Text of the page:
Sweet Goldenrod (Solidago Odora) leaves make a great herbal tea, also called a tisane. The leaves, when fresh picked have a delicate anise-like aroma, mixed with a bright green herbal hints as well. the leaves can be brewed into tea, whether fresh leaves, or dried. The fresh leaves make a delicate tea with more of the anise-like flavor, but I prefer the leaves dried. When slow-dried they have a light anise and bright green/gold flavor. If you dry them in a low oven with the door ajar, watching them carefully so they don’t scorch, you get a more pronounced, warm , golden, deep, anise and hay complexity; with a touch of agreeable bitterness. A bare hint of sugar or honey round it out and make for an exceptional tisane.
One of the first Europeans to record the use of the Sweet Goldenrod in making tea was Johann David Schoepf, who was chief surgeon of one o the bodies of German troops sent to America by George III during the American Revolution. Writing from Bedford County, Pennsylvania, Schoepf said:
Here we were introuced to still another domestic tea-plant, a variety of Solidago. The leaves were gathered and dried over a slow fire. It was said that around fort Littleton many 100 pounds of his Bohea-tea, as they call it, had been made as long as the Chinese was scarcer. Our hostess praised its good taste, but this was not conspicuous in what she brewed.
The account given only a few years later by the globetrotting botanist, Frederick Pursh, was very different; and, in view of the facts that nowadays we are wont to despise all native substitutes for tea and to demand that our tea come from China or adjacent regions, it is worth while to repeat Pursh’s statement:
The flowers, gathered when fully expanded and carefully dried, give a most agreeable substitute for tea, which for some time has been an article of exportation to China, where it fetches a high price.
Leaves – Cooked and eaten
Seeds – No more details are given but the seed is very small and fiddly to harvest. An aromatic, anise-flavored tea is made from the dried leaves and dried fully expanded flowers. The blossoms are used as a flavoring.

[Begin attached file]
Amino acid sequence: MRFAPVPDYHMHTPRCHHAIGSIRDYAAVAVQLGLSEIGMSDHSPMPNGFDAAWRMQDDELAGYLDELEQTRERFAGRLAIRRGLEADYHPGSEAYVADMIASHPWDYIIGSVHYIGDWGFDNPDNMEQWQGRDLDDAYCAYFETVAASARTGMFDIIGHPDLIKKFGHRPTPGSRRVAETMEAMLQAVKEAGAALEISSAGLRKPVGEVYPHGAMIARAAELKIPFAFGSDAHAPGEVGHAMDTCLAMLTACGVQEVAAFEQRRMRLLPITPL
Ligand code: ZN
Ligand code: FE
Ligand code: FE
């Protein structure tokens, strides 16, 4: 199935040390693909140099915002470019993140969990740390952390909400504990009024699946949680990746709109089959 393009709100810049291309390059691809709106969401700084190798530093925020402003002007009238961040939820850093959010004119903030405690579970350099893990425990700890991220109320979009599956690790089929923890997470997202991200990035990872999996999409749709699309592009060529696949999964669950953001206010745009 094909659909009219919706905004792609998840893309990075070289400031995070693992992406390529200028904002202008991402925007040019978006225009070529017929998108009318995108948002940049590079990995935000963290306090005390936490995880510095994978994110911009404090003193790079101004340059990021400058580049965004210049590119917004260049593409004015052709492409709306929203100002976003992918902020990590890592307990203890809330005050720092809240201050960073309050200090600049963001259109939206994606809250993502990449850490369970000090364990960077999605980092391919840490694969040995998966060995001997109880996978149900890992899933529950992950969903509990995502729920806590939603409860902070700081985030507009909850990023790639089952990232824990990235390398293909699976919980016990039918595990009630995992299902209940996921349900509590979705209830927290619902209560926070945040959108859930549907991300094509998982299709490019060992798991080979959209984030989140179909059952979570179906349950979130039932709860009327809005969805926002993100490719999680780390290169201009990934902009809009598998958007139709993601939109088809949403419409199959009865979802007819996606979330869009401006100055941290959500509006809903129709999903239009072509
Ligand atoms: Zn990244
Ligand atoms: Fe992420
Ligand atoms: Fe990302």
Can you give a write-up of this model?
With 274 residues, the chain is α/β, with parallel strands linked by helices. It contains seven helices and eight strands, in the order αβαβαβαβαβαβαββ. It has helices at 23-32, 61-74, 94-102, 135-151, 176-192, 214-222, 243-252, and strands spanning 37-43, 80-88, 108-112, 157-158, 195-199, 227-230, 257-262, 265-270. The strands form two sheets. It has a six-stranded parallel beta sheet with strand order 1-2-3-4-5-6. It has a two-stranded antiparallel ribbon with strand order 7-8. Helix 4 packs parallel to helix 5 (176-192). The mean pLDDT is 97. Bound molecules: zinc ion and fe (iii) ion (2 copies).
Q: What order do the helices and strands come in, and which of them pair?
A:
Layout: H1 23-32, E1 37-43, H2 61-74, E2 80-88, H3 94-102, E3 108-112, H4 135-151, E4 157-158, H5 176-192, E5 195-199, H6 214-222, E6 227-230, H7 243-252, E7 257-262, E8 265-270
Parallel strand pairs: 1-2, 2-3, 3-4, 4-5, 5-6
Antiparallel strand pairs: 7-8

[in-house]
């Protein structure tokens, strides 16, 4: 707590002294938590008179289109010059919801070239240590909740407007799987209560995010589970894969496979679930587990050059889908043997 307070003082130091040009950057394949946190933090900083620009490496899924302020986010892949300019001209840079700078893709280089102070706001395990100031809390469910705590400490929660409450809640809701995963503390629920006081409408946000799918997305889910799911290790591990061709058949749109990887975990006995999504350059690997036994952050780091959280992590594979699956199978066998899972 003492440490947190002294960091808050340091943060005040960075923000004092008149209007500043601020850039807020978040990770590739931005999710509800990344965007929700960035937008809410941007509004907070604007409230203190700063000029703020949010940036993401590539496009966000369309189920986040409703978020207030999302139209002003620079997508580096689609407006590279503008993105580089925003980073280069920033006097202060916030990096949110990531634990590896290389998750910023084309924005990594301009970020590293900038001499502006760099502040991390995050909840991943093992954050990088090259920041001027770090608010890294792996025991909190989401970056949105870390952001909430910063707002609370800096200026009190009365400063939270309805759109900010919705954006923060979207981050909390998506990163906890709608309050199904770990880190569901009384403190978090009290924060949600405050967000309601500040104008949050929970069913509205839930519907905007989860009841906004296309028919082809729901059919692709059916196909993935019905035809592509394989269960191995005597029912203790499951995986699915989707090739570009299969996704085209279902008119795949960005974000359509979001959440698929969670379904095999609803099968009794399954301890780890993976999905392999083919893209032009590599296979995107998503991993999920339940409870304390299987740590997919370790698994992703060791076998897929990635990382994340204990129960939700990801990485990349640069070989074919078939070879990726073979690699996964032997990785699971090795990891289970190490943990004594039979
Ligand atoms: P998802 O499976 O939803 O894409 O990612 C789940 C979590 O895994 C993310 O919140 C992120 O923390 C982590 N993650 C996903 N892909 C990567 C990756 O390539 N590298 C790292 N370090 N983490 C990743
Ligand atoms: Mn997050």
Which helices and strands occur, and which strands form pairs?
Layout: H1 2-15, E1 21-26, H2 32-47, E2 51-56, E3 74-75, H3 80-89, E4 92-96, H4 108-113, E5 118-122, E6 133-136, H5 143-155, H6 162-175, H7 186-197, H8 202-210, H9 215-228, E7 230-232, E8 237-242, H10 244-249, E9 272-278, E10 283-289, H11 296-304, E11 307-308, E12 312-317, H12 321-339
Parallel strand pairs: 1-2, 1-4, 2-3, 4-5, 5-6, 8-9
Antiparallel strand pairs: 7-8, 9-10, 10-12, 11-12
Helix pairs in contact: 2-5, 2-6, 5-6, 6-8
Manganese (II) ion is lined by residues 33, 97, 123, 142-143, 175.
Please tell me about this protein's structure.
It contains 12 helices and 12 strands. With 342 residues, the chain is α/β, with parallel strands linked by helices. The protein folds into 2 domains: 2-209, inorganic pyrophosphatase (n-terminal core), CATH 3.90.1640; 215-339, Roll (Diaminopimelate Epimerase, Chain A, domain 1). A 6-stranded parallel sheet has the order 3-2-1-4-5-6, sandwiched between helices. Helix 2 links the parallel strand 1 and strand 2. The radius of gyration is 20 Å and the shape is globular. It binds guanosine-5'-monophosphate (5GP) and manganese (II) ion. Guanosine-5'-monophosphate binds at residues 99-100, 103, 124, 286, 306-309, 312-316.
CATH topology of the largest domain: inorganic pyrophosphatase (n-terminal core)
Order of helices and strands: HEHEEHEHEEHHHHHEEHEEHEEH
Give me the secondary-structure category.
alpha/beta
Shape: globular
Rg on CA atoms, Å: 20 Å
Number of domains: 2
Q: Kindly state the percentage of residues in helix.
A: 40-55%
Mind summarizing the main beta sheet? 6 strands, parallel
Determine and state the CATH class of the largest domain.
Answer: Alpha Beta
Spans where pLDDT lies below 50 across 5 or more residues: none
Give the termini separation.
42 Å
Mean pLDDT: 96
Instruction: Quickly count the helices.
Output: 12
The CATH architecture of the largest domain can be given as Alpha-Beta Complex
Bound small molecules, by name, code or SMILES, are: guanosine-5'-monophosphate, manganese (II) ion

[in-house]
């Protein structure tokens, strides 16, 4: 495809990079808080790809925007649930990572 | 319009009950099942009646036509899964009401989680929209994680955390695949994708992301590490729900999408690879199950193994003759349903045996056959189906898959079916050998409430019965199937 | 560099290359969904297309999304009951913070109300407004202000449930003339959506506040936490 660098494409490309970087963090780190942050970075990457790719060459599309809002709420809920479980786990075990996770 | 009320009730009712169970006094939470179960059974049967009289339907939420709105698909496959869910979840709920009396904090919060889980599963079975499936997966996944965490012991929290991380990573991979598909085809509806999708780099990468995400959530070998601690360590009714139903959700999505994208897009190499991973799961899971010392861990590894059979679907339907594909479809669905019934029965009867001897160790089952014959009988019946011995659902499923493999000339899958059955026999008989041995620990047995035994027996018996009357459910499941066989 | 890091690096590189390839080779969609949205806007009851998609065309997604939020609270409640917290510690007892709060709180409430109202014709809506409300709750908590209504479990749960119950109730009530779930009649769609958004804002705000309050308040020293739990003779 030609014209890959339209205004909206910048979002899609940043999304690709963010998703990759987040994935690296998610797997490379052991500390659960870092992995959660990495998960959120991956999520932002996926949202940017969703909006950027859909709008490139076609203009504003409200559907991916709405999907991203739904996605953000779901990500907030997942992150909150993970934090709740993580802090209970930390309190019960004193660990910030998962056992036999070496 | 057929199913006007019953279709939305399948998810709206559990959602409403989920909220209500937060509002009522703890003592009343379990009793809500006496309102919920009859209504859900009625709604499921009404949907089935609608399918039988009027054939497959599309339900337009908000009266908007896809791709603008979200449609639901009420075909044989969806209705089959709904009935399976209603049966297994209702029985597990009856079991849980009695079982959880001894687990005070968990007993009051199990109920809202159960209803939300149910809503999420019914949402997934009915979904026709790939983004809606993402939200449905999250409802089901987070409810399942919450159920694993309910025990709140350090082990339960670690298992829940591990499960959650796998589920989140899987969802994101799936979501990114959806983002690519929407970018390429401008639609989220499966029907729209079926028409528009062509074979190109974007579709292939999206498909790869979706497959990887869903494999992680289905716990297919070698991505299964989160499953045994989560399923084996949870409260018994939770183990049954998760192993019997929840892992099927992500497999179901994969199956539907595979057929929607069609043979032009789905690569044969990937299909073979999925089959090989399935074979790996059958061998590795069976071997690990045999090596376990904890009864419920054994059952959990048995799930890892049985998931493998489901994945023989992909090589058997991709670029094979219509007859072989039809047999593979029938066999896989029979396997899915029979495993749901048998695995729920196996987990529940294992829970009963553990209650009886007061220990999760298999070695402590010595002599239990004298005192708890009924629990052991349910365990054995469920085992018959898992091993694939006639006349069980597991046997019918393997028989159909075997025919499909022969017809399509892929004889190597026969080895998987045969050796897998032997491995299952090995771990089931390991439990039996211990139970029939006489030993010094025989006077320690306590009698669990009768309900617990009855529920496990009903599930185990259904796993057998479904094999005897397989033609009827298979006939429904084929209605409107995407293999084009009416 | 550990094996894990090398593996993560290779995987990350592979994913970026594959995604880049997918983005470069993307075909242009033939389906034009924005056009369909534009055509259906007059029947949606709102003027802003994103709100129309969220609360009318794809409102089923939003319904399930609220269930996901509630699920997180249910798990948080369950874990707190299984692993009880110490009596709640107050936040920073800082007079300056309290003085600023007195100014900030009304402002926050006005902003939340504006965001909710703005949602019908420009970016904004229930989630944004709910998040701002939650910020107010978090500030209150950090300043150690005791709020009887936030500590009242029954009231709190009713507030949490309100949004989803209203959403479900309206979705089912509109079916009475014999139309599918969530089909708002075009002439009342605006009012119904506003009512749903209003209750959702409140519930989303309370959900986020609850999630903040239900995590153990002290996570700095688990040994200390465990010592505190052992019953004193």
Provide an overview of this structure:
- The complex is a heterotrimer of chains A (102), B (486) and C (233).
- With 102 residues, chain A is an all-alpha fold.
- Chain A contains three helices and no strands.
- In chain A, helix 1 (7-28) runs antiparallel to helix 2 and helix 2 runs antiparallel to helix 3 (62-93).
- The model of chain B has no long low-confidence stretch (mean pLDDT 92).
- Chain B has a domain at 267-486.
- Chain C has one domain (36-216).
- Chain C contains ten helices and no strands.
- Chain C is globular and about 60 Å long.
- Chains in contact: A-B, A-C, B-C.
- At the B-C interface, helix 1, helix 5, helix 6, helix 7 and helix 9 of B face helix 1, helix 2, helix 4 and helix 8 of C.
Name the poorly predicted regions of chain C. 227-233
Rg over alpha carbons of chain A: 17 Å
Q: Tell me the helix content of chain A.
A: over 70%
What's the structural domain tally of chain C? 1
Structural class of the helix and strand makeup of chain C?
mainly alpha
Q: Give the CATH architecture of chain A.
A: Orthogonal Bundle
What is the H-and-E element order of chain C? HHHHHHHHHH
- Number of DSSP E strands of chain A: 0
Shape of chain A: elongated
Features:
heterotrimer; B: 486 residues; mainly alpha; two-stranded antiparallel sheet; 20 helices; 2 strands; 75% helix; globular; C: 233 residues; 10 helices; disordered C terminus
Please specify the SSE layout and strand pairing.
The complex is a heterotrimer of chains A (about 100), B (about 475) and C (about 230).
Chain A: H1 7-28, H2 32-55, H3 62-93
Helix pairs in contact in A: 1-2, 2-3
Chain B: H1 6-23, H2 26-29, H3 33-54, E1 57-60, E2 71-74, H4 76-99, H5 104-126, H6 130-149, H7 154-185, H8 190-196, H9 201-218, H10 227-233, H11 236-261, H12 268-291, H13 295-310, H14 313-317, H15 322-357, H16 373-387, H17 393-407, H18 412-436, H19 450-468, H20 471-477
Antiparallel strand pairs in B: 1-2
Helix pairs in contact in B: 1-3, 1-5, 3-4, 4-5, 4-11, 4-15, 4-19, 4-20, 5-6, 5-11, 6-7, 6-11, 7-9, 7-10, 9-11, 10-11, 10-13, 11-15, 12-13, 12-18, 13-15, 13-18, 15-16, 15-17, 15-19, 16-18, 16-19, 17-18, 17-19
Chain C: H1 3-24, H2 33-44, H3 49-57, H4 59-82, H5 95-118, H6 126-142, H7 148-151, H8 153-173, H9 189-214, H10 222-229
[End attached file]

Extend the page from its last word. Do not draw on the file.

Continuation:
An infusion of the dried powdered herb is antiseptic.
The leaves make a very pleasant-tasting tea that is mildly astringent, carminative, diaphoretic, diuretic, febrifuge and stimulant. It is useful in the treatment of coughs and colds, dysentery and ulceration of the intestines.
The essential oil has been used as a diuretic for infants, as a local application for headaches and for the treatment of flatulence and vomiting.
The flowers are aperient, astringent and tonic. An infusion is beneficial in the treatment of gravel, urinary obstruction and simple dropsy.
The root can be chewed as a treatment for sore mouths.
An anise-scented essential oil is obtained from the plant. It is used medicinally and in perfumery – especially for scenting soaps. Mustard, orange and brown dyes can be obtained from the whole plant
Where Does Sweet Goldenrod (Solidago Odora) Grow?
How To Identify Sweet Goldenrod (Solidago Odora)
Sweet goldenrod is a great plant to grow alongside a sandy trail or driveway. Ample plants for a colorful show will spring up if seeds are generously scattered into the loose soil. The flowers will attract ladybugs, lacewings, hoverflies, and other garden-friendly insects.
The leaves are toothless and can be 7.5-10 cm (3-4 in.). A good detail from the Peterson’s Guide is that when held up to light, there are tiny transparent dots.
The fruits are cypselae, which are narrowly obconic to cylindric in shape, they are sometimes somewhat compressed. The cypselae have 8 to 10 ribs usually and are hairless or moderately covered with stiff slender bristles.
The flowers are in a panicle of heads, usually bent to one side as pictured above.